and that Plaintiff had a moderate impairment in concentration, persistence, and pace; 7 and (b) the
statements of a Social Security claims representative who noticed Plaintiff had trouble staying on
task during an interview. [ECF 26 at 6-7, 9-10]. While Plaintiff is correct to argue that during
the step two analysis the ALJ should have considered all of the evidence of Plaintiff’s alleged
mental impairments, including Dr. Sebastallini’s MRFC and PRT and, to a lesser degree, the
statements made by the claims representative, still no error was committed. The totality of the
Dr. Sebastallini is a State Agency reviewing psychologist. (R. 84). In addition to finding that
Plaintiff had a moderate impairment in her ability to understand, remember, and carry out detailed
instructions, Dr. Sebastallini found that Plaintiff was “not significantly limited” with respect to, inter alia,
understanding, remembering, and carrying out very short and simple instructions. (R. 88).
“Findings of fact made by State agency medical and psychological consultants . . . regarding the
nature and severity of an individual’s impairment(s) must be treated as expert opinion evidence of
nonexamining sources at the [ALJ] and Appeals Council levels of administrative review.” Walker v.
Astrue, 733 F. Supp. 2d 582, 588 (E.D. Pa. 2010) (quoting SSR 96-6p).
evidence of record, including Plaintiff’s testimony, substantially supports the ALJ’s findings that
Plaintiff did not suffer a “severe” mental limitation.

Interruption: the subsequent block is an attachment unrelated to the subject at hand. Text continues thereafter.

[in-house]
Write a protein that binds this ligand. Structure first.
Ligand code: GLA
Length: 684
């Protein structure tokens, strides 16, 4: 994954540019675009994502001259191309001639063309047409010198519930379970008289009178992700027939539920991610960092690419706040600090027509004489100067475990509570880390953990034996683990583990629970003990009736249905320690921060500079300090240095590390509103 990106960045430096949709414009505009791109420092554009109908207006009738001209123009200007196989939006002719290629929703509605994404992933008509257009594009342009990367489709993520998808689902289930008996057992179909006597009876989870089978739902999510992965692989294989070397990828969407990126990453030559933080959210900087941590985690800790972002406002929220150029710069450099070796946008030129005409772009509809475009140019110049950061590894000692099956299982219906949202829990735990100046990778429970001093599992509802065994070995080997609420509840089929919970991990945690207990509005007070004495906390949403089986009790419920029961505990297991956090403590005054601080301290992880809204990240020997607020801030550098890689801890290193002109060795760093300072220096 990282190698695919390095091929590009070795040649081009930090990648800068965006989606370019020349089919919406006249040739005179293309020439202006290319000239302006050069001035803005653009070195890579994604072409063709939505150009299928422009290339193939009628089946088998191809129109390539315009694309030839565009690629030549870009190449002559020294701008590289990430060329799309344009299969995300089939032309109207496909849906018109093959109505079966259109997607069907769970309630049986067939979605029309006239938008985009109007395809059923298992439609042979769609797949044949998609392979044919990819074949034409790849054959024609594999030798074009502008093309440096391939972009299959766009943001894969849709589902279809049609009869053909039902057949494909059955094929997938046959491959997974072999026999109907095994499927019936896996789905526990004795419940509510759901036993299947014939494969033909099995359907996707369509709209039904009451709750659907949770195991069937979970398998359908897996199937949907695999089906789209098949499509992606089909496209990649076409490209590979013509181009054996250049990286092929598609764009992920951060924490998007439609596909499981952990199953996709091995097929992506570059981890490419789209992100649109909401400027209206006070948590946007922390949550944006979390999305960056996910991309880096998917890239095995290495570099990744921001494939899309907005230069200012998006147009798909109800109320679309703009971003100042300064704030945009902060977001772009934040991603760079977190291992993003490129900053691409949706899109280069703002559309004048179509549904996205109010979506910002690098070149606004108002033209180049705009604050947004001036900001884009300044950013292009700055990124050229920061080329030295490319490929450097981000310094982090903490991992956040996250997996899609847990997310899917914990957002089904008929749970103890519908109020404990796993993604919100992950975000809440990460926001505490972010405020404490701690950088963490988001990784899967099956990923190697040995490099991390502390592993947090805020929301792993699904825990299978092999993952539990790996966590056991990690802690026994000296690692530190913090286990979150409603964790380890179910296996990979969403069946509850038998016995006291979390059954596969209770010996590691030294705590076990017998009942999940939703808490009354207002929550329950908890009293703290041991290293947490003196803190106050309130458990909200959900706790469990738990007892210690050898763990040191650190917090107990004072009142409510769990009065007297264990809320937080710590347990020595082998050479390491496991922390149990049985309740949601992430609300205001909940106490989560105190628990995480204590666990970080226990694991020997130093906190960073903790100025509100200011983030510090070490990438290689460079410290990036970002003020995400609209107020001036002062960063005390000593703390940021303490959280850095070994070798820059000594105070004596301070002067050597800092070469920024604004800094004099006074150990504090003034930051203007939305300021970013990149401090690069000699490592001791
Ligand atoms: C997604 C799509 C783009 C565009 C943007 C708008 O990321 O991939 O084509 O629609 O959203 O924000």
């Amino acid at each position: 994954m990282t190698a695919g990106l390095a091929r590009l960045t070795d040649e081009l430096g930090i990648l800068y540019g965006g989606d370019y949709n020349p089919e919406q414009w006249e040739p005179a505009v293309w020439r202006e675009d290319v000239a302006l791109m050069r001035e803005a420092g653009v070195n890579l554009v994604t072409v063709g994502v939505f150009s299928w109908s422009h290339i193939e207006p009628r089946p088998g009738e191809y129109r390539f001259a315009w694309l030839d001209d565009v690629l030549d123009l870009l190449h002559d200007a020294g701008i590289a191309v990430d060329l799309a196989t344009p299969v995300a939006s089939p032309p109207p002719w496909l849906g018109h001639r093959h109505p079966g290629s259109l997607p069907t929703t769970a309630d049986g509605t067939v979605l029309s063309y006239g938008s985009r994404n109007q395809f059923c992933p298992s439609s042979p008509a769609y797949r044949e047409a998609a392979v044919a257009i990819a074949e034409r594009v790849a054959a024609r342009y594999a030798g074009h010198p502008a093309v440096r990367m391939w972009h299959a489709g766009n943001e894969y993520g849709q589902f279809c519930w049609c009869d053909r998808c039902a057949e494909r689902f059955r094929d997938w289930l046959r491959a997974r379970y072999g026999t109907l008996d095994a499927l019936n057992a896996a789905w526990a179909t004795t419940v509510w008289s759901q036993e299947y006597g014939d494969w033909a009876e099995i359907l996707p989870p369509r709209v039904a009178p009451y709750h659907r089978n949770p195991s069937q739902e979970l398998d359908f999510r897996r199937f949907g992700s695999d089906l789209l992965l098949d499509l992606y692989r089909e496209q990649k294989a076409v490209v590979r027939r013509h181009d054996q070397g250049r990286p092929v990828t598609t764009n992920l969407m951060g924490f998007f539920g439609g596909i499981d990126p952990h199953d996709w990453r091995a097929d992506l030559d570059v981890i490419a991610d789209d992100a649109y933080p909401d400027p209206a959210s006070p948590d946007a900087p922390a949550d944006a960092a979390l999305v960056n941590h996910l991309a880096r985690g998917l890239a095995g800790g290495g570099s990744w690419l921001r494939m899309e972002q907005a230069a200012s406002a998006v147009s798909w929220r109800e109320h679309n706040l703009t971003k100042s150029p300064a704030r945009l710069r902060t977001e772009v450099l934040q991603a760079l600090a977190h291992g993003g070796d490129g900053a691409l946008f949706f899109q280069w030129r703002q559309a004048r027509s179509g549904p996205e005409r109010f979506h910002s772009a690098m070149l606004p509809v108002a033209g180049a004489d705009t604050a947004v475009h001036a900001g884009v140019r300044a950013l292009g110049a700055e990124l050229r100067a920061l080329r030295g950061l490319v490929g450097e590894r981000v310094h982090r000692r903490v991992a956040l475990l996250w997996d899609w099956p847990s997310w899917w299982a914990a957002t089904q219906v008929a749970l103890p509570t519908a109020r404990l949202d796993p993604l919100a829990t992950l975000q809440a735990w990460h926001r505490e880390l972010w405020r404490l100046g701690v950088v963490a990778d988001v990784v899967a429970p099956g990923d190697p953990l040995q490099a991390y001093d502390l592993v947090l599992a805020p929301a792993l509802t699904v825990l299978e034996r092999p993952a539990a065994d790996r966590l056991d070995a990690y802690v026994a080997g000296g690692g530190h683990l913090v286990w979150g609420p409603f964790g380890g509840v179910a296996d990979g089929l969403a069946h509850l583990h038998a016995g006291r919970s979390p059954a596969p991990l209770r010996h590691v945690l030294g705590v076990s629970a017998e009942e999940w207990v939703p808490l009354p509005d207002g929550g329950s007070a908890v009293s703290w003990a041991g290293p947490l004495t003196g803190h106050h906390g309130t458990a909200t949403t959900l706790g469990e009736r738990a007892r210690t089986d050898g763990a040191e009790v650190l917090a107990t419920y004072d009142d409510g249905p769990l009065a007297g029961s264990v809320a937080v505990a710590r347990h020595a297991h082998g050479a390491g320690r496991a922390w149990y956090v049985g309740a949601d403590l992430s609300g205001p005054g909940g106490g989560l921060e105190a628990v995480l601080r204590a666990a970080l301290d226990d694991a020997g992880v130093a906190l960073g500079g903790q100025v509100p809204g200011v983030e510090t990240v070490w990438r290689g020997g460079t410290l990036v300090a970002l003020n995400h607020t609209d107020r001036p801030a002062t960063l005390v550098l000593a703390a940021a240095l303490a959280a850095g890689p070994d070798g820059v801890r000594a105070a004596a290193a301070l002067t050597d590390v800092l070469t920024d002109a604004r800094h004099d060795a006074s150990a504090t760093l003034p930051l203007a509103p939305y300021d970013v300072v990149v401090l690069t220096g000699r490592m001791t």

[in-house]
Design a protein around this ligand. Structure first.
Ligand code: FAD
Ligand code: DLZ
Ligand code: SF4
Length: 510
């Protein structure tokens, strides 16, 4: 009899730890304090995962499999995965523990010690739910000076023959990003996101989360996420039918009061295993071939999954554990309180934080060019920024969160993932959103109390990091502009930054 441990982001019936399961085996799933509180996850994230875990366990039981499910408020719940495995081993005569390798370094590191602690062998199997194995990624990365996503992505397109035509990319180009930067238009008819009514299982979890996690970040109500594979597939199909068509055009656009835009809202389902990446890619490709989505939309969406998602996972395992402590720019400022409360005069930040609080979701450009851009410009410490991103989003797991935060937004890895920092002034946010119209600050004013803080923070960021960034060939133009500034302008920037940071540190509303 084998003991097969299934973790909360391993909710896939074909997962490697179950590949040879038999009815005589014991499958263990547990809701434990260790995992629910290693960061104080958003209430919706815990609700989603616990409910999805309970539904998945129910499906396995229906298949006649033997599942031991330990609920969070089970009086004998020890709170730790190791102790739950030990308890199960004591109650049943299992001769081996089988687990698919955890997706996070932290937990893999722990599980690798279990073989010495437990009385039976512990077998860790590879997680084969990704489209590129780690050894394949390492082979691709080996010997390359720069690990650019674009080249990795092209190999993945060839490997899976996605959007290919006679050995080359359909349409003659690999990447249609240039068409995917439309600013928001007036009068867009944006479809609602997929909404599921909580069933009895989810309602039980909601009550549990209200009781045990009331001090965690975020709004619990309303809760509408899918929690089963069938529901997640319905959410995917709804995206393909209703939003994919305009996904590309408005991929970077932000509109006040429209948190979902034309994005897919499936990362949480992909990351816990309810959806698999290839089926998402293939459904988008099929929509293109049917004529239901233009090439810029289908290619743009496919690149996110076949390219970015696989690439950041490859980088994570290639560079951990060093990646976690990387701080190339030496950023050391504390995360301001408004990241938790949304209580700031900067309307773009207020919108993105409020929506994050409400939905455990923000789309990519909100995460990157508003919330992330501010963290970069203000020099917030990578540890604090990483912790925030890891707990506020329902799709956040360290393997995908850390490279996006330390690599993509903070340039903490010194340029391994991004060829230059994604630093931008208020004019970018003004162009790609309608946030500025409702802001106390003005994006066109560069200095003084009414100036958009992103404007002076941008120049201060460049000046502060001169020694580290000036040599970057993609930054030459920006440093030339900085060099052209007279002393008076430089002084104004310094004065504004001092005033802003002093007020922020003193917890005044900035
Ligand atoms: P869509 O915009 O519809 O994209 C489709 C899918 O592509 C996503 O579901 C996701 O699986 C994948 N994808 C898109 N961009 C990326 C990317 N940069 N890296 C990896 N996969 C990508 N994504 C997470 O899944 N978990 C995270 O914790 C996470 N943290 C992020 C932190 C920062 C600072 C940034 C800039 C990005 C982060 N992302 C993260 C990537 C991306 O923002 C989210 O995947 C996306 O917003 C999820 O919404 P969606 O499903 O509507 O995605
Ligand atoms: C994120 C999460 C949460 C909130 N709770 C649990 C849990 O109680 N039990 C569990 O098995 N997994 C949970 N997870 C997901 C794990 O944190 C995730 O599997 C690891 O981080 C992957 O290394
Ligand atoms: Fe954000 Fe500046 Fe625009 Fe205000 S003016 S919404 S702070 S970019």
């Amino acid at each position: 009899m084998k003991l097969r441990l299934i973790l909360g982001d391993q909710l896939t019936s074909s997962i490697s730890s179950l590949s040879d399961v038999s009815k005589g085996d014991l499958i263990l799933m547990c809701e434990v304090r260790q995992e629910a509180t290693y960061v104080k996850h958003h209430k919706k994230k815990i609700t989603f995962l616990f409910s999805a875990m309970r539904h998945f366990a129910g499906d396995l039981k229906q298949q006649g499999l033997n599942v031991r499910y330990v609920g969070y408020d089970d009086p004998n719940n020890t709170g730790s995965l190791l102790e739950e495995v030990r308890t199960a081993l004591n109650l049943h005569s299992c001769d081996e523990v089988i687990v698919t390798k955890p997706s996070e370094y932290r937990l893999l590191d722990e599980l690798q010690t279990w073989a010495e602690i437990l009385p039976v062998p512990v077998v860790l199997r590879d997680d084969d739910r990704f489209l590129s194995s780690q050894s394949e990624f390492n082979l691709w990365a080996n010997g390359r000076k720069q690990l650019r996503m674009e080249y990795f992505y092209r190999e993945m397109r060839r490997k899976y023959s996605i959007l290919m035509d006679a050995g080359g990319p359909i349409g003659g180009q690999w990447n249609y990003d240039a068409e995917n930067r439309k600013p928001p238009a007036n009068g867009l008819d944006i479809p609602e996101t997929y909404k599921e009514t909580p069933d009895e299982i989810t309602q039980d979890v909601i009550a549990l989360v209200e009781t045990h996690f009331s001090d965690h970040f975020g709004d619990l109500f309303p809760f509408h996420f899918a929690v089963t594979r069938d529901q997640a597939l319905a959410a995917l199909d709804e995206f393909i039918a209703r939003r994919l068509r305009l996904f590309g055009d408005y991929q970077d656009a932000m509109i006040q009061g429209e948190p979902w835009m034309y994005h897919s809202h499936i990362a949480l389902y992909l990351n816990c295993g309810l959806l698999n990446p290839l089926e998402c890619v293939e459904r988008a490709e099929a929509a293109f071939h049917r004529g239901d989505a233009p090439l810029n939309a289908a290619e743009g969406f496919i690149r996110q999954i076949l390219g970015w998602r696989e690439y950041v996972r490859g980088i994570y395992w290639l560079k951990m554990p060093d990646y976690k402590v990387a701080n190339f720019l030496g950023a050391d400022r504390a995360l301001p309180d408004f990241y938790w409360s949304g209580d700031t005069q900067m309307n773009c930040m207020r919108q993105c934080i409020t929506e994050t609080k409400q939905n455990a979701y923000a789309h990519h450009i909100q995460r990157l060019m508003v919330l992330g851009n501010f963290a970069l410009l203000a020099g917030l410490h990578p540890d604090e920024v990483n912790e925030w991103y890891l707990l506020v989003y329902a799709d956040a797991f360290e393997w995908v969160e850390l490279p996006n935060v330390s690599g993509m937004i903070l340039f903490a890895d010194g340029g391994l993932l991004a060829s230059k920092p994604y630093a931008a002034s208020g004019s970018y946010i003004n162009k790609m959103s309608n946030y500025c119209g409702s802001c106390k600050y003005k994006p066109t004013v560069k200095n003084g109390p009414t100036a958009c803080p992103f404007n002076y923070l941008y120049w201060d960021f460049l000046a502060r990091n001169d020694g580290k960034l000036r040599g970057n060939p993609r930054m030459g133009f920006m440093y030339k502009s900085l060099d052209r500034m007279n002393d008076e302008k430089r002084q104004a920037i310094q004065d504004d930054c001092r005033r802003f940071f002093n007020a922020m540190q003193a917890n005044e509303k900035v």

Even if this Court were to conclude that the ALJ erred in finding that Plaintiff’s mental
impairments are not severe—which this Court does not—this Court agrees with the Magistrate
Judge that such error would be harmless in light of the ALJ’s finding that Plaintiff suffered
severe physical impairments which resulted in the ALJ proceeding to the step three analysis. See
Salles v. Comm’r of Soc. Sec., 229 F. App’x 140, 145 (3d Cir. 2007) (“Because the ALJ found in
[claimant’s] favor at Step Two, even if he had erroneously concluded that some of her other
impairments were non-severe, any error was harmless.”) (citing Rutherford, 399 F.3d at 553);
see also Rabbers v. Comm’r Soc. Sec. Admin., 582 F.3d 647, 658 (6th Cir. 2009)
(“Notwithstanding [a step two] error, the ALJ ultimately concluded that [claimant] had a severe
mental impairment and proceeded to step three, which was all [claimant] could have asked
for.”). 8 Therefore, based on this analysis and case law, Plaintiff’s first objection is overruled.
Second Objection –Steps Four and Five Mental Residual Functional Capacity
In her second objection, Plaintiff argues that the Magistrate Judge erred in concluding
that a remand was not necessary for the ALJ to reconsider Plaintiff’s MRFC at the steps four and
five analyses. [ECF 26 at 6-8, 11-12]. Specifically, Plaintiff argues that because the ALJ, at step
two, found Plaintiff did have mental impairments, the ALJ was required to incorporate any
resultant mental limitations into the step four RFC determination, [ECF 26 at 6-9], yet failed to
Plaintiff argues that “step two denials should be rare” and relies on McCrea v. Comm’r of Soc.
Sec., 370 F.3d 361 (3d Cir. 2004) for support. [ECF 26 at 8-9]. However, McCrea is distinguishable
from the instant case because in McCrea, the court analyzed an outright denial of disability benefits at
step two. In this case, however, the ALJ simply determined that Plaintiff’s mental impairments were not
severe at step two but found that Plaintiff had severe physical impairments at step two and continued the
five-step evaluation process. Thus, any alleged error on the part of the ALJ in assessing the severity of
Plaintiff’s mental impairments is harmless. Plaintiff’s objection that such an error, if committed, was not
harmless is, thus, overruled.
address Dr. Sebastallini’s MRFC assessment which found, inter alia, that Plaintiff’s ability to